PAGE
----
Plant-based vaccine and others looking for participants in Houston

This revolutionary development gives another protection option to those who may seek alternatives from the initial EUA approved vaccines being administered now.

Participants are wanted for a plant-based COVID-19 research

Plant-based vaccine study

HOUSTON – For people who prefer more natural options, the ones who like to know exactly what’s going into their bodies, the Texas Center for Drug Development said they can still protect you from COVID-19 with a new plant-based vaccine.

One of the vaccine candidates, developed by Medicago, is now in Phase 3 of the testing process. Another plant-based vaccine candidate by Kentucky BioProcessing Inc. is enrolling in a Phase 1 trial. Compensation for the KBP vaccine trial is up to $2,000.

Researchers are looking for people 18 and older, who have not been vaccinated and are not interested in getting an mRNA or traditional vaccine, but are willing to try protecting themselves with a plant-based alternative.

The recruitment lead for, Dr. Sarah Hasan, said this could be beneficial for people with allergies to ingredients in traditional vaccines or those with a preference for something natural.

But she said the side effects are the same as what they see with the vaccines that are currently available.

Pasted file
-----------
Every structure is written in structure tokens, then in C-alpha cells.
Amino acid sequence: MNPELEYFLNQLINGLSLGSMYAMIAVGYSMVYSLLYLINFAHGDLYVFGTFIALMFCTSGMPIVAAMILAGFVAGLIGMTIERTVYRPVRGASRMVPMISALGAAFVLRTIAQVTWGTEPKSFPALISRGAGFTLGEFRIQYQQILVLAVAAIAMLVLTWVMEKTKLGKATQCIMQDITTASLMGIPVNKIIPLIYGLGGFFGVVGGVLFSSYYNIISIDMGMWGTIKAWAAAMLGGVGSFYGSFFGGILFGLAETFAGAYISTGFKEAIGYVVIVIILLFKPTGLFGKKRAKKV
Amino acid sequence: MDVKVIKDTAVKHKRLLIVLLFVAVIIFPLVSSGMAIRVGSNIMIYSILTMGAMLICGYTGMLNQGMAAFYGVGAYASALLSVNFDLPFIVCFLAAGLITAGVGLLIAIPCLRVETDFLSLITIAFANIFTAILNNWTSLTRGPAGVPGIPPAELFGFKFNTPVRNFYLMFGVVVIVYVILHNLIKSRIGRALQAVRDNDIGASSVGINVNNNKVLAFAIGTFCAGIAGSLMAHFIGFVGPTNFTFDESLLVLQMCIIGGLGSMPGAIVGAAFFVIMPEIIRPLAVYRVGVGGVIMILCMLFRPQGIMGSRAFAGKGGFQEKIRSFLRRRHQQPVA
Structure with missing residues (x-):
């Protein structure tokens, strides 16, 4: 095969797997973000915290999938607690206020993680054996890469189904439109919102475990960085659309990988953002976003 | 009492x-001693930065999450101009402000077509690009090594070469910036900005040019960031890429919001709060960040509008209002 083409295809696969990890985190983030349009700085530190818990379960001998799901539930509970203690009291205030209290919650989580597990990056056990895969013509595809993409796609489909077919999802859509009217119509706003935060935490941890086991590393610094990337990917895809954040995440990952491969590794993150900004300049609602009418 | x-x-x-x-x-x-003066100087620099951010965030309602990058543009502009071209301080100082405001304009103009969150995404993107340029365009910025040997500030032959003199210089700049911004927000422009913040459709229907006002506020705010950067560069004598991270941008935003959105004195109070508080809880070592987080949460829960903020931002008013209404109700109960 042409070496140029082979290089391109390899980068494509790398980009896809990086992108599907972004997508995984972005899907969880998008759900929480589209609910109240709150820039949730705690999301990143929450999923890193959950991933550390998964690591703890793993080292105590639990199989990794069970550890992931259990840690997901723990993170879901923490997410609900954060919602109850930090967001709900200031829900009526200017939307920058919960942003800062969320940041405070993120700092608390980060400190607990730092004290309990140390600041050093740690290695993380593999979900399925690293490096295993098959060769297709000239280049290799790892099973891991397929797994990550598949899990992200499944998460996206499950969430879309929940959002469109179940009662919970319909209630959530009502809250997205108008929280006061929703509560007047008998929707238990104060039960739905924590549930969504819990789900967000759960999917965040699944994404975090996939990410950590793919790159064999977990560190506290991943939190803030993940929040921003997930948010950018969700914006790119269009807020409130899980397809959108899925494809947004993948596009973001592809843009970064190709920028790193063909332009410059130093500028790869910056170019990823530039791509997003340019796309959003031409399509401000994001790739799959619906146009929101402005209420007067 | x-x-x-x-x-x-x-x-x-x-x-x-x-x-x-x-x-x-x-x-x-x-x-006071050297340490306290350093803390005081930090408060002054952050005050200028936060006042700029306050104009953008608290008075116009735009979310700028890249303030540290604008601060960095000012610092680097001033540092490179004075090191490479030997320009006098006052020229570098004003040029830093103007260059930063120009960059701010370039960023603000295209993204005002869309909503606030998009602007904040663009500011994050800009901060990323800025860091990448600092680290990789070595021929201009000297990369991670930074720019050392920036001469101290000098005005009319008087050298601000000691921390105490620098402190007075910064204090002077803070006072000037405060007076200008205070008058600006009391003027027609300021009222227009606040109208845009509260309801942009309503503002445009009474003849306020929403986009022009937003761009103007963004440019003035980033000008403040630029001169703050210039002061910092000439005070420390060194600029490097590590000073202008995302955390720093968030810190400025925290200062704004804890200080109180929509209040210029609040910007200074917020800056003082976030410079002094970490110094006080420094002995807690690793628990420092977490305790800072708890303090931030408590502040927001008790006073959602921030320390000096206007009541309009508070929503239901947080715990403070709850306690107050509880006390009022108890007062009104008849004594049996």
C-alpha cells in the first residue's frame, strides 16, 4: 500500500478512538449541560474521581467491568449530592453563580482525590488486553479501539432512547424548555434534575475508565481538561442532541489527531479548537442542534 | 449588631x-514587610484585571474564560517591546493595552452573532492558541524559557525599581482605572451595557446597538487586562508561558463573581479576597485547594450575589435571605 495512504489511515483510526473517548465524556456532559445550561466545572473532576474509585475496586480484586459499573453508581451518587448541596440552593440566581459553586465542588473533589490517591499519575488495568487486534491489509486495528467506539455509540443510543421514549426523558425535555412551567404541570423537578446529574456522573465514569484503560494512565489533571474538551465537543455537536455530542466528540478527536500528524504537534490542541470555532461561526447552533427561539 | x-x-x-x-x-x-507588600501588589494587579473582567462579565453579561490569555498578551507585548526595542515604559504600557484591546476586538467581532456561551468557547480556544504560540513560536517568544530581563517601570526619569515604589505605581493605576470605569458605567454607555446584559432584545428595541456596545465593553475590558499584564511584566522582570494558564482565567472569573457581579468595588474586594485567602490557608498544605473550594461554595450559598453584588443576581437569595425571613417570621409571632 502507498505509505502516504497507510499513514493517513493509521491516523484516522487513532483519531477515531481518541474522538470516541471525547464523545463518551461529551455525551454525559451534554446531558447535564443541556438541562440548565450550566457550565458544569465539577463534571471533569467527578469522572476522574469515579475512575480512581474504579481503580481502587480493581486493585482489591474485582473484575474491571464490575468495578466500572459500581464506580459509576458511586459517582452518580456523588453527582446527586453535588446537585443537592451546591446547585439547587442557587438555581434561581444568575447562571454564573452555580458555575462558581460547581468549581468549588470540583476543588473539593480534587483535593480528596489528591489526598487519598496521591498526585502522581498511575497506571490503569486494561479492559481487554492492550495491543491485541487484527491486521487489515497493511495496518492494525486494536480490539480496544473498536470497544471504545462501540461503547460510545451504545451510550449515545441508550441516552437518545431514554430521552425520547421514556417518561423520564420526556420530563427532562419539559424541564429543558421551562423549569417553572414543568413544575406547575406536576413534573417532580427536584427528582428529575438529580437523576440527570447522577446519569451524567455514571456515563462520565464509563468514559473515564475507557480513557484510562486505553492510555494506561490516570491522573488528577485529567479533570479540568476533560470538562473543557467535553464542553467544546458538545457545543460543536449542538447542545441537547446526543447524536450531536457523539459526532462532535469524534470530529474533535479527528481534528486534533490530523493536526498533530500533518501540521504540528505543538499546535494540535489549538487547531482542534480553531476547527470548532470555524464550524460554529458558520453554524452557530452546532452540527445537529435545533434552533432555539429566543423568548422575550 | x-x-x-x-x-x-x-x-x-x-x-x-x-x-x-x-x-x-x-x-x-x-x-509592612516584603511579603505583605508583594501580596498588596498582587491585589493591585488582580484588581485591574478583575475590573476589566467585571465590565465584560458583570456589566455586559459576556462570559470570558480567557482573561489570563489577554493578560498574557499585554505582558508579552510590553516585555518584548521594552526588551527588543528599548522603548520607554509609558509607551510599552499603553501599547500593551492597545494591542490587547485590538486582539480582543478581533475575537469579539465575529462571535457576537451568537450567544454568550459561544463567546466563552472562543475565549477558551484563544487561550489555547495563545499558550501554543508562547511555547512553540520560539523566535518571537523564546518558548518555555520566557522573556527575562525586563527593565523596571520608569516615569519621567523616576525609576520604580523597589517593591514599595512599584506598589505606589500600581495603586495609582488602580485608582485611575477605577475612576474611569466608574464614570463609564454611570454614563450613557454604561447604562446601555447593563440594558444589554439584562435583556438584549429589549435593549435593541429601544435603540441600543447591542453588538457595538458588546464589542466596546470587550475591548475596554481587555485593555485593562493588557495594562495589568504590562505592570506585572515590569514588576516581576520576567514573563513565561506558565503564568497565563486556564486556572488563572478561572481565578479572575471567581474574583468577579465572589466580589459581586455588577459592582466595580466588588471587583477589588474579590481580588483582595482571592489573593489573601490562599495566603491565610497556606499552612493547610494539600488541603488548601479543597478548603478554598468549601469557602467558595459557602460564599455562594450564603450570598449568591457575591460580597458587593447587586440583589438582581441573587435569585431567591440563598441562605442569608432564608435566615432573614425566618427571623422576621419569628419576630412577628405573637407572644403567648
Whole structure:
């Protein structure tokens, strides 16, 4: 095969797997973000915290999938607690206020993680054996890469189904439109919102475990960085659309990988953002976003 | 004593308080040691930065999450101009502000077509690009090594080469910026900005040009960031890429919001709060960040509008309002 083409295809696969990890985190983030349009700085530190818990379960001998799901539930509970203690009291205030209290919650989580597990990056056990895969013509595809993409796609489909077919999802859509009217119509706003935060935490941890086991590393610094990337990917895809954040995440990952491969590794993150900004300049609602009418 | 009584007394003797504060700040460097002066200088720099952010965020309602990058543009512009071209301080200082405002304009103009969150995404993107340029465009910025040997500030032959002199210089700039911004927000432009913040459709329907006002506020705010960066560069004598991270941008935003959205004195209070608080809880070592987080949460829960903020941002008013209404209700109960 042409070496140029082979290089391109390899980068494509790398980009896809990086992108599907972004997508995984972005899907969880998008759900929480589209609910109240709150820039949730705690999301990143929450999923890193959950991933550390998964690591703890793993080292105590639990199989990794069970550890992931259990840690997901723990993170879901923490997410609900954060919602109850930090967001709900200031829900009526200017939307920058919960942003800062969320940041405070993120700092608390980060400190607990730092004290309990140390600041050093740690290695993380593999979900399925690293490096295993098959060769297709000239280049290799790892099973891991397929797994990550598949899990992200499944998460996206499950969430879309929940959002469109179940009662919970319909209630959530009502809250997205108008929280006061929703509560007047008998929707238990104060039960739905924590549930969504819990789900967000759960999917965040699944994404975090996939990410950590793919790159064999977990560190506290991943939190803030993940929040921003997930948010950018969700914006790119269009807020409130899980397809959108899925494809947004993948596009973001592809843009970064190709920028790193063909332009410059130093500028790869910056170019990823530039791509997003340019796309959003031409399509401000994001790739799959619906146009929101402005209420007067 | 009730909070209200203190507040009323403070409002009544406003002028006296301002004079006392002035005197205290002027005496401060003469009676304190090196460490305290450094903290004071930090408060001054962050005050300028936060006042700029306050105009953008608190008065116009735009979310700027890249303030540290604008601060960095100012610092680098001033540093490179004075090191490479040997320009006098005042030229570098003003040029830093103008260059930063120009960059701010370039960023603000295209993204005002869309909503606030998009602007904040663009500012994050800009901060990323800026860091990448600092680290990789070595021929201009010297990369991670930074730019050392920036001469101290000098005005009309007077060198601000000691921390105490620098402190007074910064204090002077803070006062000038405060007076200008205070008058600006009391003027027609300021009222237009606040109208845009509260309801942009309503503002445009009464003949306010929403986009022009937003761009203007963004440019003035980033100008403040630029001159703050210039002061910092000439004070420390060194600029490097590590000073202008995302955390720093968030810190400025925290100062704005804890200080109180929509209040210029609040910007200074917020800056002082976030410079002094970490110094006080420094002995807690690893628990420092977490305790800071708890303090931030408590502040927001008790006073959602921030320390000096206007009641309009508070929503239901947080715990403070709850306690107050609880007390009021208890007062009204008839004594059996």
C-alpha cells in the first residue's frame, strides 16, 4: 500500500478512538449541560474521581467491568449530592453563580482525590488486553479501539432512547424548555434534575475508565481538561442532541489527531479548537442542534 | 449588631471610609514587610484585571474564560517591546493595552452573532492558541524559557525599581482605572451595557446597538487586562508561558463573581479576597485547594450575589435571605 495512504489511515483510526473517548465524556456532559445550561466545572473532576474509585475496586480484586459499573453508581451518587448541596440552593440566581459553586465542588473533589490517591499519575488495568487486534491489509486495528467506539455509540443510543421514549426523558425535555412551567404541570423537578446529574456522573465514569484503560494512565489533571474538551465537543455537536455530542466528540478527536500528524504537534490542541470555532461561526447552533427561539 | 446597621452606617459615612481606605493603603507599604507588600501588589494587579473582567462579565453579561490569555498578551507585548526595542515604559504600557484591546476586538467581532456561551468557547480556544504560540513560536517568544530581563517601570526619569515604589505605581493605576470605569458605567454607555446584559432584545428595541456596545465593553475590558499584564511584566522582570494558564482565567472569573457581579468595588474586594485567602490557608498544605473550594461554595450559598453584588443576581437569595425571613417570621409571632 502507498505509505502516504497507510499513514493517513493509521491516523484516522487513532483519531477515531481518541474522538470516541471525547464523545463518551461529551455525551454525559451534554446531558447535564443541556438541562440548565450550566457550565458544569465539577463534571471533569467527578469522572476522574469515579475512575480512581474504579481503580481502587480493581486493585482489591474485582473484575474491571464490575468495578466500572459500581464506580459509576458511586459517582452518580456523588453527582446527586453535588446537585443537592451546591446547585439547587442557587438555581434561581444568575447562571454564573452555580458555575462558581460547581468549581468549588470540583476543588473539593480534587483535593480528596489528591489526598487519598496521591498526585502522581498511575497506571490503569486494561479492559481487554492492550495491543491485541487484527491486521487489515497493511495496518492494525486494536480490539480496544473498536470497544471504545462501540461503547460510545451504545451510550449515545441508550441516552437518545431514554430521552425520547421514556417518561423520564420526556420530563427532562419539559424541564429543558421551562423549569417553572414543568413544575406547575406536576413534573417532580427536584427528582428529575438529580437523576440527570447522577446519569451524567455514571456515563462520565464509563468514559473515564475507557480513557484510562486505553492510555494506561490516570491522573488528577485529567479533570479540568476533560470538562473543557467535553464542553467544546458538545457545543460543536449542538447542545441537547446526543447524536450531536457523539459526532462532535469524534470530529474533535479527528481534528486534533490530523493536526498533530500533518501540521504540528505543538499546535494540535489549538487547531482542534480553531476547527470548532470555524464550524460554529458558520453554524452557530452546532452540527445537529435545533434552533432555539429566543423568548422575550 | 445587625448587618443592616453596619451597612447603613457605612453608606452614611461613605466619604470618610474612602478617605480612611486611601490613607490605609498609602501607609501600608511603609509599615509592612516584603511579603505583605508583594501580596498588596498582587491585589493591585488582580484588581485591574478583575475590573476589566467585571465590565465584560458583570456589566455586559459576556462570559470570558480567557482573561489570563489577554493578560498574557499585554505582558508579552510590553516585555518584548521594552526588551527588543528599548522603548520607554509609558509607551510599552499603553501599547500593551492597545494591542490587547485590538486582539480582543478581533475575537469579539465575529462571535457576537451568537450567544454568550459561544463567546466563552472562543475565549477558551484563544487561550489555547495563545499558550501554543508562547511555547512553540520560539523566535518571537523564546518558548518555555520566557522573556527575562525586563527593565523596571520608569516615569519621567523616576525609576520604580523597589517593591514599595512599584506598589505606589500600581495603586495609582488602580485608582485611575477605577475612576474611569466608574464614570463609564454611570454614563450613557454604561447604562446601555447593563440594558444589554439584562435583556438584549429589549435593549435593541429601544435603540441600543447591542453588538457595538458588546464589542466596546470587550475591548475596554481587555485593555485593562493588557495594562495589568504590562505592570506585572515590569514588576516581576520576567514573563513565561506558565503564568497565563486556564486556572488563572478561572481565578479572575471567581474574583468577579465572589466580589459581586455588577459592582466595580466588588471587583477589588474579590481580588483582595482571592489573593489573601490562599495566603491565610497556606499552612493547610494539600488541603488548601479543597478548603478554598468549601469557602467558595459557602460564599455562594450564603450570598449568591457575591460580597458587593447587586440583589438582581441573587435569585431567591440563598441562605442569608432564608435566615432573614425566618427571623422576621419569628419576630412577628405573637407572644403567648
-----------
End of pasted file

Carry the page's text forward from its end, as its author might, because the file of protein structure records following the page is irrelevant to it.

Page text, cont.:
“When we talk about the mRNA vaccines, we talk about they’re synthetic and they’re made in a lab and I think that’s already a turn-off for people. I think the words natural, plant-based kind of apply to us a little bit more. They are a little bit more attractive,” Hasan said.

Hasan also said she is confident it will protect you from the virus. The main difference is your comfort level - if you prefer plant-based or not.

So how does that work?

“There is a protein put into your body, just like the other vaccines, and your body is able to elicit an immune response to it,” Hasan said.

Participants also needed for other studies

In addition to the plant-based trial, TCDD is also looking for more participants for Pfizer’s “freeze-dried” vaccine.

Remember, the Pfizer vaccine is normally kept around -100 degrees, which is often a problem when transporting it and storing it in rural areas. So, the company is looking at other methods to give the same vaccine longer shelf life.

“With these new formulations and the new way they were able to make it, we’re able to sustain them longer so we’re able to reach more people,” Hasan said.

The biggest advantage is there’s no placebo group with this trial, so you’ll get a vaccine, which can help if you’re struggling to find one.

Other important trials include booster shots to enhance protection; which has been tailored to better target virus variants, and that is investigating their potential use in children and infants.

To register for any and of the trials in our area, visit